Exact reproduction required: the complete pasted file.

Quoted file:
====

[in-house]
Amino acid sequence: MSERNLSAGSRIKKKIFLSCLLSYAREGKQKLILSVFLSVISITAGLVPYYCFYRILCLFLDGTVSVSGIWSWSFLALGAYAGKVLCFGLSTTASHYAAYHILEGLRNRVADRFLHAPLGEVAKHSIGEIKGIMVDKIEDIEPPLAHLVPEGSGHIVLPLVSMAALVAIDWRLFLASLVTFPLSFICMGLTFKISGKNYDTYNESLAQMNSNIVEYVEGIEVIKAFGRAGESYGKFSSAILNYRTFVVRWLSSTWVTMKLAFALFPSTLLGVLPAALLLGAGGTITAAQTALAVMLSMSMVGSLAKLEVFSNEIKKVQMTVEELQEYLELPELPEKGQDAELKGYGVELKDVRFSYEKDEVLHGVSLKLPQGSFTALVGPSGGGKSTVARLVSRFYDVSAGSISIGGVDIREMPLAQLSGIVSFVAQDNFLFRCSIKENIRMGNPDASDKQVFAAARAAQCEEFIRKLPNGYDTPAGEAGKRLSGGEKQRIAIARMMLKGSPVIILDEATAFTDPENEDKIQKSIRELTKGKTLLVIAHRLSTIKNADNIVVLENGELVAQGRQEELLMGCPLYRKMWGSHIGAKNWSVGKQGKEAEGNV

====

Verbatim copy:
[in-house]
Amino acid sequence: MSERNLSAGSRIKKKIFLSCLLSYAREGKQKLILSVFLSVISITAGLVPYYCFYRILCLFLDGTVSVSGIWSWSFLALGAYAGKVLCFGLSTTASHYAAYHILEGLRNRVADRFLHAPLGEVAKHSIGEIKGIMVDKIEDIEPPLAHLVPEGSGHIVLPLVSMAALVAIDWRLFLASLVTFPLSFICMGLTFKISGKNYDTYNESLAQMNSNIVEYVEGIEVIKAFGRAGESYGKFSSAILNYRTFVVRWLSSTWVTMKLAFALFPSTLLGVLPAALLLGAGGTITAAQTALAVMLSMSMVGSLAKLEVFSNEIKKVQMTVEELQEYLELPELPEKGQDAELKGYGVELKDVRFSYEKDEVLHGVSLKLPQGSFTALVGPSGGGKSTVARLVSRFYDVSAGSISIGGVDIREMPLAQLSGIVSFVAQDNFLFRCSIKENIRMGNPDASDKQVFAAARAAQCEEFIRKLPNGYDTPAGEAGKRLSGGEKQRIAIARMMLKGSPVIILDEATAFTDPENEDKIQKSIRELTKGKTLLVIAHRLSTIKNADNIVVLENGELVAQGRQEELLMGCPLYRKMWGSHIGAKNWSVGKQGKEAEGNV